Current Content
Volume 37 - Number 1
January/February 2011

Educational Interventions for Childhood Asthma: A Review and Integrative Model For Preschoolers from Low-Income Families
Deborah Winders Davis, Melissa K. Gordon, Barbara M. Burns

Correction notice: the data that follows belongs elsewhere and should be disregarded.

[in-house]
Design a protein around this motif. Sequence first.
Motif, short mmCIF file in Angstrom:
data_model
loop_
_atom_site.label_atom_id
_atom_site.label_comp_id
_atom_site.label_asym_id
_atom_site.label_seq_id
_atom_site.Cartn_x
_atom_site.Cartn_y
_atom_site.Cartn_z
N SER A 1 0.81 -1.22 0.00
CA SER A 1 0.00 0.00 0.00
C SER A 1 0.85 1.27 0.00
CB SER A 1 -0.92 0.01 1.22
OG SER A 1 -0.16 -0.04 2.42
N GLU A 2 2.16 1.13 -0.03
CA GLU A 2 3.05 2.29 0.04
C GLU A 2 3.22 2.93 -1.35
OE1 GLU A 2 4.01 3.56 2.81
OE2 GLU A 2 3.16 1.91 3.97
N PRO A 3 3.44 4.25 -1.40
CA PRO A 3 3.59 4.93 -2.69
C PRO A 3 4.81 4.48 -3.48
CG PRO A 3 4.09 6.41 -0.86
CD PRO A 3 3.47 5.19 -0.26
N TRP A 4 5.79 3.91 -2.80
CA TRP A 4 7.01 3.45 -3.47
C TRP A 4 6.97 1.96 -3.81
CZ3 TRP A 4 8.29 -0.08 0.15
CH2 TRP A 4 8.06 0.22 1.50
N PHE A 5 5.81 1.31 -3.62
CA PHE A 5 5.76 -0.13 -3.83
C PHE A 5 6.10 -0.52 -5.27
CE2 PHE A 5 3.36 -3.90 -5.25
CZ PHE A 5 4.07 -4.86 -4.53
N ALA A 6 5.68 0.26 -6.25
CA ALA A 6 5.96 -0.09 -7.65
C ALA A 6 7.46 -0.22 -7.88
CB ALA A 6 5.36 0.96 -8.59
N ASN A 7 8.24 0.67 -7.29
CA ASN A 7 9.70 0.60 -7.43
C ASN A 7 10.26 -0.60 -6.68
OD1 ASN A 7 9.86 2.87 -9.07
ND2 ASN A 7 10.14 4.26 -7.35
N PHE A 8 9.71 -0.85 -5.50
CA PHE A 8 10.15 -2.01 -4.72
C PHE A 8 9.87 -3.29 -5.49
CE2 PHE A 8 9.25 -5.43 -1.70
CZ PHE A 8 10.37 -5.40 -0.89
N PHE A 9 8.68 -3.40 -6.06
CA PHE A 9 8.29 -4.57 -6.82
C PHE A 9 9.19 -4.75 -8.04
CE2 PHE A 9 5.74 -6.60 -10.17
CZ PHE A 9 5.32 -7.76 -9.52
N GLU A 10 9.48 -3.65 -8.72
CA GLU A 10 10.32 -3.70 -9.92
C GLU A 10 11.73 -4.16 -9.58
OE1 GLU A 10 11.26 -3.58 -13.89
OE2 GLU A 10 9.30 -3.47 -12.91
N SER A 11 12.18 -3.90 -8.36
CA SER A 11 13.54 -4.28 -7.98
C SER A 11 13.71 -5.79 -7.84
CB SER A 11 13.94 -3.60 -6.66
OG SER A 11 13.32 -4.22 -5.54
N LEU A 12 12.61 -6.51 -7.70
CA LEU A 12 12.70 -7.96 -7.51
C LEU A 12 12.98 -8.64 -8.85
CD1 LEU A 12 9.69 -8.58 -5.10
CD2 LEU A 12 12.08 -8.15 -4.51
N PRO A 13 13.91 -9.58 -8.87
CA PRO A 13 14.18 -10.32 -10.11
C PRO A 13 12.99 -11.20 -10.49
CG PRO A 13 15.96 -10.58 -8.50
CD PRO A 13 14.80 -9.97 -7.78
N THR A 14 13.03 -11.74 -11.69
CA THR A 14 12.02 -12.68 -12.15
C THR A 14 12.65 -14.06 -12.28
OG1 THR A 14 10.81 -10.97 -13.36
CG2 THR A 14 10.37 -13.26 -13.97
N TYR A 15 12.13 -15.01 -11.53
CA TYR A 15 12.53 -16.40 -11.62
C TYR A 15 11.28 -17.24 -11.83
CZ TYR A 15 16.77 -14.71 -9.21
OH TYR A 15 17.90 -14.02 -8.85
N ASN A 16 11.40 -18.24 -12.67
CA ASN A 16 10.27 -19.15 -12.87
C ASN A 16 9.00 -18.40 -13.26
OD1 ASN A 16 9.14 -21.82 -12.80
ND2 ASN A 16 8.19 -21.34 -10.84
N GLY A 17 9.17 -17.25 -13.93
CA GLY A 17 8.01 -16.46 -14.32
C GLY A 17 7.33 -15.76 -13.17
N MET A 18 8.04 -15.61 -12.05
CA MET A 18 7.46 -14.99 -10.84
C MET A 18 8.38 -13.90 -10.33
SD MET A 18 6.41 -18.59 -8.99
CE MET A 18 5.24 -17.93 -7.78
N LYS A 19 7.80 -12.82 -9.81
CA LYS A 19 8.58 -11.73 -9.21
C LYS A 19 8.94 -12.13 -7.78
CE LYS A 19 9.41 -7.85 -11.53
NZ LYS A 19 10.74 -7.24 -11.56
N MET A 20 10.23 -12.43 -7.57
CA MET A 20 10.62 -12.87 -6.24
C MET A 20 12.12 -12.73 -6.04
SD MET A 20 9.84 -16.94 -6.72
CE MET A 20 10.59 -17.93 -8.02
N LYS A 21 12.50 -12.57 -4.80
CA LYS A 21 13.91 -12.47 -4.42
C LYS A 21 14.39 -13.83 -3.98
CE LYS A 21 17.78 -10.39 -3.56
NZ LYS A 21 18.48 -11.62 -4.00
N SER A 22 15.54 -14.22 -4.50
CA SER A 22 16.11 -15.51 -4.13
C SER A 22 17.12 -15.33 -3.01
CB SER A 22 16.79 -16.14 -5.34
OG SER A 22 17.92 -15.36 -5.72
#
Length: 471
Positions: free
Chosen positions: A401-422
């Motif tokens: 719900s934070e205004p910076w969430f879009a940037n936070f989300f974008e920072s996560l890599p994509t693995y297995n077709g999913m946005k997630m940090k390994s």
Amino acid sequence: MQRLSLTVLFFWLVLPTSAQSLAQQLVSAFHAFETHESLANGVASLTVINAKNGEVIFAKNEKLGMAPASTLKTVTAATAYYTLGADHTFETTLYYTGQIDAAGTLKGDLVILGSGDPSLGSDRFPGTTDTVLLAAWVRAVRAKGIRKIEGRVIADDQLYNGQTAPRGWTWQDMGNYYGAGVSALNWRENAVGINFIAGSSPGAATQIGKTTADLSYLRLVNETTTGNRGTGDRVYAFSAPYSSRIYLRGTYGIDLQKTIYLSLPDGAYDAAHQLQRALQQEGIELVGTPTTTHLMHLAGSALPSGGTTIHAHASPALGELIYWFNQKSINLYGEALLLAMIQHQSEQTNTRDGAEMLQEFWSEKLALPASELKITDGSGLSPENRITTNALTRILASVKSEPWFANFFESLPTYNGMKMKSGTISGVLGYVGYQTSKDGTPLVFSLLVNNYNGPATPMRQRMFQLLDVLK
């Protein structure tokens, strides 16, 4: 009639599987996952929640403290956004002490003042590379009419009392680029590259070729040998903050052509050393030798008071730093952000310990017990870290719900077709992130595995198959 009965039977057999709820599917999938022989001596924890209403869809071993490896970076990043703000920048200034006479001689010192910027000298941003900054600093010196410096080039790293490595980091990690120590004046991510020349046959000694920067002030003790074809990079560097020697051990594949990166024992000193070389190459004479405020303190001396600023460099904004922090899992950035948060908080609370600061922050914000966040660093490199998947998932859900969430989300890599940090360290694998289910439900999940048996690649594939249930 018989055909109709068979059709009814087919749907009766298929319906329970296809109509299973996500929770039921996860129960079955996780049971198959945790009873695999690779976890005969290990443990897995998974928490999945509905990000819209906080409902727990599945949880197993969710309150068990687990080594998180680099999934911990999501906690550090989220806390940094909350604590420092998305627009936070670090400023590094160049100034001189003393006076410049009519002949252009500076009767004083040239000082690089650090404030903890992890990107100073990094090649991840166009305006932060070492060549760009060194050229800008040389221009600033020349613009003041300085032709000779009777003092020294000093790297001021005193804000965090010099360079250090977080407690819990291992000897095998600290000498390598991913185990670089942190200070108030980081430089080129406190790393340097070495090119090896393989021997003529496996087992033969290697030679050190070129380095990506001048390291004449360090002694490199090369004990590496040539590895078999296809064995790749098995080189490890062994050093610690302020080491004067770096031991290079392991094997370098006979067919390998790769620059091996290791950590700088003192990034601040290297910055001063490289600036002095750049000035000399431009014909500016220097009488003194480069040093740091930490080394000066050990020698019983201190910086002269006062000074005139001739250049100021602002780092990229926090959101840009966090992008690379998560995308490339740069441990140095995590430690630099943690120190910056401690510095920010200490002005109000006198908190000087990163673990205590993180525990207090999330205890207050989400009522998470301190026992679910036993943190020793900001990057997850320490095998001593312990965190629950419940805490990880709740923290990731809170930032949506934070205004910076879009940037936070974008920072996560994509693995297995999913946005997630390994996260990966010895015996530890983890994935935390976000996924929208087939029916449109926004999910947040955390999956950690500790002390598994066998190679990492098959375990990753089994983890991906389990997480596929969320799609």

Millions of children in the U.S. suffer from asthma. A disproportionately large number of those children are from low-income and racial minority families. With or without asthma, children from low-income families are at risk for delayed school readiness and less than optimal academic achievement trajectories.The aim of this article was to review the literature on educational interventions for young children with asthma and their families to determine if there was sufficient evidence to guide practice. In addition, a new theoretical model upon which to base new interventions is proposed. Literature was reviewed from Medline, CINAHL, PsycInfo, and the Cochrane Reviews databases. A limited number of randomized, controlled studies of educational interventions for children and their families was found, and only one study was specifically aimed at preschool-age children. Comparisons among studies are difficult because of varying methodologies, and findings are non-conclusive. In conclusion, comprehensive, multidisciplinary, multi-level interventions are needed to minimize the effects of childhood asthma, especially for children from low-income families. Large-scale, randomized, controlled studies are needed to provide empirical evidence for the efficacy of specific interventions for preschoolers prior to school entry to minimize the detrimental effects of uncontrolled asthma on school achievement.